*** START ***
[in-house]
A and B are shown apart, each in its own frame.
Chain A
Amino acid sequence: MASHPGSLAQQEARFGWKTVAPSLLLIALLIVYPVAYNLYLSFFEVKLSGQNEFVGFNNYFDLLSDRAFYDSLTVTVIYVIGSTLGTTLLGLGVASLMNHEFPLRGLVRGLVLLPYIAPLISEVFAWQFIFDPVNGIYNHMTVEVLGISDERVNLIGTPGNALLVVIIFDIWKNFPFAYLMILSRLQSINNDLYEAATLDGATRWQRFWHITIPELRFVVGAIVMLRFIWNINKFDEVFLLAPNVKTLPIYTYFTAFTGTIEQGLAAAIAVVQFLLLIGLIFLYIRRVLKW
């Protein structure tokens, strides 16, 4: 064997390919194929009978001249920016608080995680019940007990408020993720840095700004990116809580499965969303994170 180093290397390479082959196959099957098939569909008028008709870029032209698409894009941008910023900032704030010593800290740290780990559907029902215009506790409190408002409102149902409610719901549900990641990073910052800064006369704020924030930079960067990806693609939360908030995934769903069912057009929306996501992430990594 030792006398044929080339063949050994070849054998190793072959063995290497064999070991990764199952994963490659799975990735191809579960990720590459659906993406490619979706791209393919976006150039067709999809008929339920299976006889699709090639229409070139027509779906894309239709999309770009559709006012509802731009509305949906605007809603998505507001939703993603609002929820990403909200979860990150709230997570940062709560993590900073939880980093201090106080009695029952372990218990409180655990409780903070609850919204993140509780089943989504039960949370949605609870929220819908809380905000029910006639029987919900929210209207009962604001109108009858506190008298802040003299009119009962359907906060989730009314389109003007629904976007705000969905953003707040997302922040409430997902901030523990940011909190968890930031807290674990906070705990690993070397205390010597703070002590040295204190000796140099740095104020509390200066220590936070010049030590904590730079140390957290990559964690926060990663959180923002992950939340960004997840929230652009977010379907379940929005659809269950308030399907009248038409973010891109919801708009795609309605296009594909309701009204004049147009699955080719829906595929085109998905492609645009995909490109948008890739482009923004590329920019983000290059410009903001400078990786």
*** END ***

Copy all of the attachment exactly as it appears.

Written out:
[in-house]
A and B are shown apart, each in its own frame.
Chain A
Amino acid sequence: MASHPGSLAQQEARFGWKTVAPSLLLIALLIVYPVAYNLYLSFFEVKLSGQNEFVGFNNYFDLLSDRAFYDSLTVTVIYVIGSTLGTTLLGLGVASLMNHEFPLRGLVRGLVLLPYIAPLISEVFAWQFIFDPVNGIYNHMTVEVLGISDERVNLIGTPGNALLVVIIFDIWKNFPFAYLMILSRLQSINNDLYEAATLDGATRWQRFWHITIPELRFVVGAIVMLRFIWNINKFDEVFLLAPNVKTLPIYTYFTAFTGTIEQGLAAAIAVVQFLLLIGLIFLYIRRVLKW
């Protein structure tokens, strides 16, 4: 064997390919194929009978001249920016608080995680019940007990408020993720840095700004990116809580499965969303994170 180093290397390479082959196959099957098939569909008028008709870029032209698409894009941008910023900032704030010593800290740290780990559907029902215009506790409190408002409102149902409610719901549900990641990073910052800064006369704020924030930079960067990806693609939360908030995934769903069912057009929306996501992430990594 030792006398044929080339063949050994070849054998190793072959063995290497064999070991990764199952994963490659799975990735191809579960990720590459659906993406490619979706791209393919976006150039067709999809008929339920299976006889699709090639229409070139027509779906894309239709999309770009559709006012509802731009509305949906605007809603998505507001939703993603609002929820990403909200979860990150709230997570940062709560993590900073939880980093201090106080009695029952372990218990409180655990409780903070609850919204993140509780089943989504039960949370949605609870929220819908809380905000029910006639029987919900929210209207009962604001109108009858506190008298802040003299009119009962359907906060989730009314389109003007629904976007705000969905953003707040997302922040409430997902901030523990940011909190968890930031807290674990906070705990690993070397205390010597703070002590040295204190000796140099740095104020509390200066220590936070010049030590904590730079140390957290990559964690926060990663959180923002992950939340960004997840929230652009977010379907379940929005659809269950308030399907009248038409973010891109919801708009795609309605296009594909309701009204004049147009699955080719829906595929085109998905492609645009995909490109948008890739482009923004590329920019983000290059410009903001400078990786």